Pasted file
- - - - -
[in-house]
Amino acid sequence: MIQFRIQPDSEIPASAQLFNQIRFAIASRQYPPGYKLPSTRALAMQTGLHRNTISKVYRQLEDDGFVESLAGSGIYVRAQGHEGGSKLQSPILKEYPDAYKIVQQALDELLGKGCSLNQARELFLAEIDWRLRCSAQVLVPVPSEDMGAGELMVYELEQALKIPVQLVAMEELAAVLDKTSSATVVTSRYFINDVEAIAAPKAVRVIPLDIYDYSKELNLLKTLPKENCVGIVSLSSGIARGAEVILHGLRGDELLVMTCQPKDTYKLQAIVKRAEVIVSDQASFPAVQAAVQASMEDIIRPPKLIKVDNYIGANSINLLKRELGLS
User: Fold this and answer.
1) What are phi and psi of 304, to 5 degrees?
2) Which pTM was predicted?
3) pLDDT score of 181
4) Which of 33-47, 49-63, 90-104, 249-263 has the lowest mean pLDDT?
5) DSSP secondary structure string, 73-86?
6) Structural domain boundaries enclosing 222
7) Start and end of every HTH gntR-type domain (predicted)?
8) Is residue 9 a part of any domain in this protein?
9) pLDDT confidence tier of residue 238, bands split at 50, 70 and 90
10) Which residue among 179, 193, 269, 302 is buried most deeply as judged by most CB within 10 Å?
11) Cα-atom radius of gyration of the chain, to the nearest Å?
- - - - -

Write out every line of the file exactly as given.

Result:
[in-house]
Amino acid sequence: MIQFRIQPDSEIPASAQLFNQIRFAIASRQYPPGYKLPSTRALAMQTGLHRNTISKVYRQLEDDGFVESLAGSGIYVRAQGHEGGSKLQSPILKEYPDAYKIVQQALDELLGKGCSLNQARELFLAEIDWRLRCSAQVLVPVPSEDMGAGELMVYELEQALKIPVQLVAMEELAAVLDKTSSATVVTSRYFINDVEAIAAPKAVRVIPLDIYDYSKELNLLKTLPKENCVGIVSLSSGIARGAEVILHGLRGDELLVMTCQPKDTYKLQAIVKRAEVIVSDQASFPAVQAAVQASMEDIIRPPKLIKVDNYIGANSINLLKRELGLS
User: Fold this and answer.
1) What are phi and psi of 304, to 5 degrees?
2) Which pTM was predicted?
3) pLDDT score of 181
4) Which of 33-47, 49-63, 90-104, 249-263 has the lowest mean pLDDT?
5) DSSP secondary structure string, 73-86?
6) Structural domain boundaries enclosing 222
7) Start and end of every HTH gntR-type domain (predicted)?
8) Is residue 9 a part of any domain in this protein?
9) pLDDT confidence tier of residue 238, bands split at 50, 70 and 90
10) Which residue among 179, 193, 269, 302 is buried most deeply as judged by most CB within 10 Å?
11) Cα-atom radius of gyration of the chain, to the nearest Å?